Is “stop believing that your current state is anything but temporary” a mistake in meaning here?


Accepting that you are homeless is a pretty hard pill to swallow, said Horvath. Maybe seeing yourself as "not homeless" is a good thing, added Pruss. When you stop believing that your current state is anything but temporary, the going gets a lot tougher, he said.
Source: Brenoff, Ann. 7 Myths About Homeless People Debunked.

I think it is supposed to be "when you start believing that your current state is anything but temporary, the going gets a lot tougher" since the context is that accepting homeless is permanent makes people sad. What do you think? Is this a mistake?


Posted 2014-06-30T23:35:51.297


4This question appears to be off-topic because it is about basic semantics and logic, not English as such. – FumbleFingers Reinstate Monica – 2014-07-01T16:51:59.580

9This question appears to be on-topic because semantics is part of language. – snailplane – 2014-07-02T03:06:16.883

5@FumbleFingers: what?? Since when is English semantics off-topic here? (Hint: in some languages, double negatives are the norm, whereas in English, they can be seen as illogical. That doesn't make them a question of logic rather than of language.) – Martha – 2014-07-02T17:20:49.720

@Martha: I know this is a learners site, but it still seems to me that the difference between *start* and *stop* (which is all we're dealing with here) is simply too basic to justify everyone falling over themselves to keep the question open and upvote an actual answer saying OP's citation is just a mistake. – FumbleFingers Reinstate Monica – 2014-07-02T17:49:59.470

2@FumbleFingers: when you read the quote with "stop", didn't you know exactly what it meant, despite the actual words saying the opposite of what it meant? It's a mistake, yes, but it's not "just" a mistake. – Martha – 2014-07-02T18:06:03.647

@Martha: I knew what it was bound to mean, as per the last sentence in Ricky's answer (basic knowledge of the real world, not exactly "language" as such). To an extent, OP's text after the citation saved me the trouble of decoding the convoluted phrasing in order to realise that it didn't actually say the only thing that would make sense. You could just as well "fix" it by removing anything but, but to me it's screamingly obvious there's a *logic* error there, not a matter of English as such. – FumbleFingers Reinstate Monica – 2014-07-02T20:09:50.150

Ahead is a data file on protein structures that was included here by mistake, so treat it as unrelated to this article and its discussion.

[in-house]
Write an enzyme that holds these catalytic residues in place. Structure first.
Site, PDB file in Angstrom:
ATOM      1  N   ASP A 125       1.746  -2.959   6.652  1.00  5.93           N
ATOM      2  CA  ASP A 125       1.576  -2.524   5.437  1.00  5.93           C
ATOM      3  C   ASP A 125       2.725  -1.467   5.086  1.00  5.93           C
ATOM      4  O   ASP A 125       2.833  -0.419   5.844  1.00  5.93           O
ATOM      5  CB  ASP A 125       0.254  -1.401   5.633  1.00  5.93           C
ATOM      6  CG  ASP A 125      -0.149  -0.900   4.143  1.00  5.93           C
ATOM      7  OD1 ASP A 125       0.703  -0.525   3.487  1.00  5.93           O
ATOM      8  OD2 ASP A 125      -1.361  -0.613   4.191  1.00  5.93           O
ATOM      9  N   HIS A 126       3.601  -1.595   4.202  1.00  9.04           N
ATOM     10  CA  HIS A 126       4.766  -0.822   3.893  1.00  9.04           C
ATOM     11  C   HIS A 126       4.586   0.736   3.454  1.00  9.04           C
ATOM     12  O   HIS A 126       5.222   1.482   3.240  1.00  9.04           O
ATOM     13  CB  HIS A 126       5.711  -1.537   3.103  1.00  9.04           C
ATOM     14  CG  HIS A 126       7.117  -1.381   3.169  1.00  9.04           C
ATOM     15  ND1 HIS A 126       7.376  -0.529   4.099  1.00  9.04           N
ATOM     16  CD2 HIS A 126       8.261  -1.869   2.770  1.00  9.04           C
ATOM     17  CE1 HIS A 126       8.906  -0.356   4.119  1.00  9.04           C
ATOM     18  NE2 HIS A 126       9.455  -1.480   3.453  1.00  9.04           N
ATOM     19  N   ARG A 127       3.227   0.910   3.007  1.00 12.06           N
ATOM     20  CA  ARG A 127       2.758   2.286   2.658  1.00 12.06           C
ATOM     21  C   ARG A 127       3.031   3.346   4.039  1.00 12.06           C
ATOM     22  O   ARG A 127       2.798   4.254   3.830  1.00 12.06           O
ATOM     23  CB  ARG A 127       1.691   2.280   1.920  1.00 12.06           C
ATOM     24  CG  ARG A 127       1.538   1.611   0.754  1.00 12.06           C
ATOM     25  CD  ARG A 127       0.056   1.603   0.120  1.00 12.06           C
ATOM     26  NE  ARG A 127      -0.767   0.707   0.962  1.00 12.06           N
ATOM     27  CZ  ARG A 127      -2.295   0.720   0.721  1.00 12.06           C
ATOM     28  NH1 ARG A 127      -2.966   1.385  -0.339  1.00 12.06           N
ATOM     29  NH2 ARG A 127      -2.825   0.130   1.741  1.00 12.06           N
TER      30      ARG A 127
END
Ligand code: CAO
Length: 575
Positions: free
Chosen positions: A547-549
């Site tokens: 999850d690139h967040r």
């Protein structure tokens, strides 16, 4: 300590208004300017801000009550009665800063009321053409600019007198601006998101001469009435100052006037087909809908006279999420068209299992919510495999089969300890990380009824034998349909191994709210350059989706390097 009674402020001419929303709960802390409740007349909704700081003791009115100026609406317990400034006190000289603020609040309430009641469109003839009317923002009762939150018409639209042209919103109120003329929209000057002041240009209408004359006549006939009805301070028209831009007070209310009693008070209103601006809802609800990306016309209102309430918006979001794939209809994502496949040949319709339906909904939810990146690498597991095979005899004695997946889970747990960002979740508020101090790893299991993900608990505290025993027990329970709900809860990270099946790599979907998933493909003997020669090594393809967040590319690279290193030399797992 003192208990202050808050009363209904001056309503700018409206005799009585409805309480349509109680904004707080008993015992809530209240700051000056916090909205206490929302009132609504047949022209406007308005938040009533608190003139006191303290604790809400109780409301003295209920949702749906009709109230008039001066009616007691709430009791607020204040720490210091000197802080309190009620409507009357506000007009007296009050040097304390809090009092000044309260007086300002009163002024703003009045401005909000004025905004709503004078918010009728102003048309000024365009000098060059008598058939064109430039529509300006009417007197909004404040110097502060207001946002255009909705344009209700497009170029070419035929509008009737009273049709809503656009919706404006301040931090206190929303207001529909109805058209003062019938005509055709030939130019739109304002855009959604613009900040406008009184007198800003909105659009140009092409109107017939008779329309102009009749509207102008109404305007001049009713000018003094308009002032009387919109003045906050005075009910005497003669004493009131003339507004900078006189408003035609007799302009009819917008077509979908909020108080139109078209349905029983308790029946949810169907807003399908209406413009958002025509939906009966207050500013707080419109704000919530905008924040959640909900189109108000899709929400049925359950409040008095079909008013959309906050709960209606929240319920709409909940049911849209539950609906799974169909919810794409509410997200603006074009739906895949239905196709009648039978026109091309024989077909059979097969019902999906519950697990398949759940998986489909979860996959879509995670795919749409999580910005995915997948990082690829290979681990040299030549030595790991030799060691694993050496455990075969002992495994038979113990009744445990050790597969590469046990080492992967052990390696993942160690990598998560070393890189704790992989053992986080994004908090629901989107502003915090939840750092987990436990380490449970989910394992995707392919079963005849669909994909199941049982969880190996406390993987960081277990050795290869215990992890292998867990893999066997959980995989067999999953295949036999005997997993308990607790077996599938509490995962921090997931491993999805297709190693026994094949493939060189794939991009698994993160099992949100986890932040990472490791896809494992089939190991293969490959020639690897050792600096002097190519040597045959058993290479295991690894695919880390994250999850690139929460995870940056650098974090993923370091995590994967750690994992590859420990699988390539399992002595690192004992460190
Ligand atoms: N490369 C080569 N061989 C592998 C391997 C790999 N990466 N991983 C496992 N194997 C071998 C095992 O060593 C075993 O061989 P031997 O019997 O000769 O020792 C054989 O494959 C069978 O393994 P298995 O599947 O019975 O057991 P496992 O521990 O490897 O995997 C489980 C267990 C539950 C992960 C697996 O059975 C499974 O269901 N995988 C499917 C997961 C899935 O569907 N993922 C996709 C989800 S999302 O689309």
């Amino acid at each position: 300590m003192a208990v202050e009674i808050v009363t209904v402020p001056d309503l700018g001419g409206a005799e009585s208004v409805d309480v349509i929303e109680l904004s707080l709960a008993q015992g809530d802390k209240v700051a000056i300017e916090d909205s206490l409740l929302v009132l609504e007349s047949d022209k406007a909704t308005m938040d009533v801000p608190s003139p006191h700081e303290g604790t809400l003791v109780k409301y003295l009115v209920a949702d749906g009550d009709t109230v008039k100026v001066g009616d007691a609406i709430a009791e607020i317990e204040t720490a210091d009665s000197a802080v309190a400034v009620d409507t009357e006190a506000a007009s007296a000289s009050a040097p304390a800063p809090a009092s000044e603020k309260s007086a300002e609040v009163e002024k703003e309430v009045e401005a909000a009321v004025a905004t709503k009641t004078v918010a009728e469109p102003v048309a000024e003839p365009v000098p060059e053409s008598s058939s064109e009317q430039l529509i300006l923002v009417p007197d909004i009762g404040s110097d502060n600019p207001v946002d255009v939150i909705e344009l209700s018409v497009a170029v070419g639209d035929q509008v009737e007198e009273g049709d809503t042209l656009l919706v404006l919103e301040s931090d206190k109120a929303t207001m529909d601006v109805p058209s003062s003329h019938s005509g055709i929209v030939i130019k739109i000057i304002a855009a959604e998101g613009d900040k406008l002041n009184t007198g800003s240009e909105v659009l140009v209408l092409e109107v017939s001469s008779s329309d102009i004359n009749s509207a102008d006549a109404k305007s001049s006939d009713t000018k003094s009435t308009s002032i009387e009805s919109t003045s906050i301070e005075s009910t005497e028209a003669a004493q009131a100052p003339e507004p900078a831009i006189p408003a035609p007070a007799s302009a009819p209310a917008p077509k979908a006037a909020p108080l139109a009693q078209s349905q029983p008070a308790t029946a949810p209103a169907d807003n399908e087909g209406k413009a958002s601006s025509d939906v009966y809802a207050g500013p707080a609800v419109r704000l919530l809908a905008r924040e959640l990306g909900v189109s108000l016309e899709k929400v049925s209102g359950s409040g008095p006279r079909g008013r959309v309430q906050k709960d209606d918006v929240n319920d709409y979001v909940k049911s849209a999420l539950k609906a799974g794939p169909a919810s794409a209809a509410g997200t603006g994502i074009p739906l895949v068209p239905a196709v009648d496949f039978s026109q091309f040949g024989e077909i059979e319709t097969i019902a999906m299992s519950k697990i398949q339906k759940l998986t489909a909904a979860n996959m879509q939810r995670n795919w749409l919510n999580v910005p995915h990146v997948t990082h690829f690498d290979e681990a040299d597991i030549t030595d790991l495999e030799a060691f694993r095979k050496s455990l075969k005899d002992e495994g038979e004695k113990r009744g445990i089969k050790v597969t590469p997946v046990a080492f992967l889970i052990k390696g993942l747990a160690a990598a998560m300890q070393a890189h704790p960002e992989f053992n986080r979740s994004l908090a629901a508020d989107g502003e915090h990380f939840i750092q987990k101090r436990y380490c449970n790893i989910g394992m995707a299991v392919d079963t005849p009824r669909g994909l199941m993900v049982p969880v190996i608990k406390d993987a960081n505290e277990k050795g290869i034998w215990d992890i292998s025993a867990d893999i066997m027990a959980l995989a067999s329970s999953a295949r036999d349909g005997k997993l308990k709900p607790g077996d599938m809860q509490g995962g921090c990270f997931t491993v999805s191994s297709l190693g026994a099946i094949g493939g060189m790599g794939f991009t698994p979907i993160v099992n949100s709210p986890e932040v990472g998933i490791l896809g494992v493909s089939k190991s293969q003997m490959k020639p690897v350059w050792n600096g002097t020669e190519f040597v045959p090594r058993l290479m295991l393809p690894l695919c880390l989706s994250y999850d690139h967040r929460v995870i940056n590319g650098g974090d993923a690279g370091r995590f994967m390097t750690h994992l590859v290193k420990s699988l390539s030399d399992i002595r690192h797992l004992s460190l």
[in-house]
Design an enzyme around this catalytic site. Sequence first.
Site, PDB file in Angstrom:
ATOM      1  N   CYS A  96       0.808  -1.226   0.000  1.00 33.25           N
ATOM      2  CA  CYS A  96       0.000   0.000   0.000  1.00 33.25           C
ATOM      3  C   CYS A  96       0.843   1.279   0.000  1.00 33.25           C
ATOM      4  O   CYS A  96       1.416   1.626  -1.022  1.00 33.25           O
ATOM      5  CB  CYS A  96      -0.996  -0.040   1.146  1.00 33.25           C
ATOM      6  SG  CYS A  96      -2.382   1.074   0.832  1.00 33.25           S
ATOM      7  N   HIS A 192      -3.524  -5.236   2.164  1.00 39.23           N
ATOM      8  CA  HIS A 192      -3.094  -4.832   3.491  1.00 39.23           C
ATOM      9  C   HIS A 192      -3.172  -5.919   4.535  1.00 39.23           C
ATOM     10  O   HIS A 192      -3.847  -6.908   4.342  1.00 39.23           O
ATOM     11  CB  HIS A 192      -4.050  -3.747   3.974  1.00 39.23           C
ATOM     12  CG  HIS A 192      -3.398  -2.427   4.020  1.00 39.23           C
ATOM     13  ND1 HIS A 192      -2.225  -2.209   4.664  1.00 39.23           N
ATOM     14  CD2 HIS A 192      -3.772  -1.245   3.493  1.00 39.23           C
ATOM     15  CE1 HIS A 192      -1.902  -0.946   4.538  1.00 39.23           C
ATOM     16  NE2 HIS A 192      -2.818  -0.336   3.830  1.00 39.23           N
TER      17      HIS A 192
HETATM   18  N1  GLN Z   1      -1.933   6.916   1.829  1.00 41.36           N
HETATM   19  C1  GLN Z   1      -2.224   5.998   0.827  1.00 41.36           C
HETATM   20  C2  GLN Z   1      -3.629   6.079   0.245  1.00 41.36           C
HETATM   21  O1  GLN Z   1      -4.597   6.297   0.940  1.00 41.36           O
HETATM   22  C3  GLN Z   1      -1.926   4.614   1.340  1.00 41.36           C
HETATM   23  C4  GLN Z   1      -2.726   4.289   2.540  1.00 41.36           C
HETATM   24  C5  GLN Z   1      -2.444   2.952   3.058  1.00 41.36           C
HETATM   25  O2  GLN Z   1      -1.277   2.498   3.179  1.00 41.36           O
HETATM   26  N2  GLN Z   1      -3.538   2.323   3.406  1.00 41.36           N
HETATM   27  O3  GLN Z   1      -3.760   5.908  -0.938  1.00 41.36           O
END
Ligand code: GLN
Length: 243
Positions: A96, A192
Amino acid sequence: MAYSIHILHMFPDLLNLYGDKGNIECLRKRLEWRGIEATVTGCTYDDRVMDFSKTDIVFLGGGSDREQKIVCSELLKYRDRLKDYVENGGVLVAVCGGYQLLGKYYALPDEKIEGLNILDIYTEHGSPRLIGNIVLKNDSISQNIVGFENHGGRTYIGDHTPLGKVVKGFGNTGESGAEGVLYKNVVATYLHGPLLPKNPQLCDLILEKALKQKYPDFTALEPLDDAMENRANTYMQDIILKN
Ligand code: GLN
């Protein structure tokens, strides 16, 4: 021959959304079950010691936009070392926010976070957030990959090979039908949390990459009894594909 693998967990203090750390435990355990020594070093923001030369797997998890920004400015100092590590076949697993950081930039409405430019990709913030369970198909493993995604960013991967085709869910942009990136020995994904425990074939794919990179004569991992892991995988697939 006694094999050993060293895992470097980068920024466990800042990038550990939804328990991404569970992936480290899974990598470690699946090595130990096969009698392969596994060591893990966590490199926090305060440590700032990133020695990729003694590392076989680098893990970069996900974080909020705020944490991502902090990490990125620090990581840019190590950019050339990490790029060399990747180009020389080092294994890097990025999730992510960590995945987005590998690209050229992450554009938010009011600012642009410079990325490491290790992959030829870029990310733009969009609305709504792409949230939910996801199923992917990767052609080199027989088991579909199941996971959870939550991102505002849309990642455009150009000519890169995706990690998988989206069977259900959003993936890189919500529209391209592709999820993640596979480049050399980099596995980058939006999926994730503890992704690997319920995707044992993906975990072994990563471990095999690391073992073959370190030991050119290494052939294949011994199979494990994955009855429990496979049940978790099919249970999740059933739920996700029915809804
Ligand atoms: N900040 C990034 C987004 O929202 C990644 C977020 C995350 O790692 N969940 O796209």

2@FumbleFingers: and yet, this kind of logic error that can exist while still carrying the actual meaning is something quite typical for the English language. There are scores of people saying that they could care less when they mean the exact opposite. Their intention is, however, understood, and it is interesting to notice that the English language is flexible enough to accommodate for these kind of logical errors without losing its ability to carry the intended message. – oerkelens – 2014-07-08T15:11:19.997

@oerkelens: I guess you're right. The average speaker (or at least, a lot of them) aren't very good at "processing" multiple conditionals and negations in a single utterance (either when producing or understanding them). Luckily, in most contexts it's pretty obvious what the intended net total effect of such "cascaded" modifiers should be. Still, I'd have thought that's a characteristic of humans, and thus language in general. This Q is a bit like asking whether Anglophones tend to speak more quietly when admitting something they're ashamed of. They do, because everybody does. – FumbleFingers Reinstate Monica – 2014-07-10T12:13:31.207

@FumbleFingers - I haven't done the necessary research but I have the feeling that the way English deals with negations and conditionals is quite specific. I don't notice as many of these logically-wrong but still readily understood expressions in Dutch, French or Greek. Yet, I guess that up to some point, the problem with constructing fully (logically) correct messages, luckily combined with the ability to parse imperfect expressions into a meaningful message is probably a pretty universal thing. – oerkelens – 2014-07-10T12:45:24.260

My well-intentioned laying-out of this contradiction may have meant a besmirched linguistic reputation for the author. So I wish, if possible, that this thread would meet, from now onward, much less attention, as it has done over the past week or so. – None – 2014-07-11T02:19:40.400

@oerkelens, could care less is in a different category. That's not a mistake, it's a recognized idiom. – CoolHandLouis – 2015-02-26T21:24:05.557



It is (almost certainly) a mistake. It should either be

When you stop believing that your current state is temporary, the going gets a lot tougher.

... or

When you start believing your current state is anything but temporary, the going gets a lot tougher.

This is an accidental slip of the tongue brought about by a needlessly complicated sentence structure (I'm a native English speaker and it took me a few tries to actually figure out that the words don't say what they seem to say). The intended meaning is probably clear enough that most readers would not be fazed.

Ricky Stewart

Posted 2014-06-30T23:35:51.297

Reputation: 280

2+1 for "accidental". People talk in prefabricated chunks, and when they occasionally get misaligned nobody notices. – StoneyB on hiatus – 2014-07-01T00:53:23.533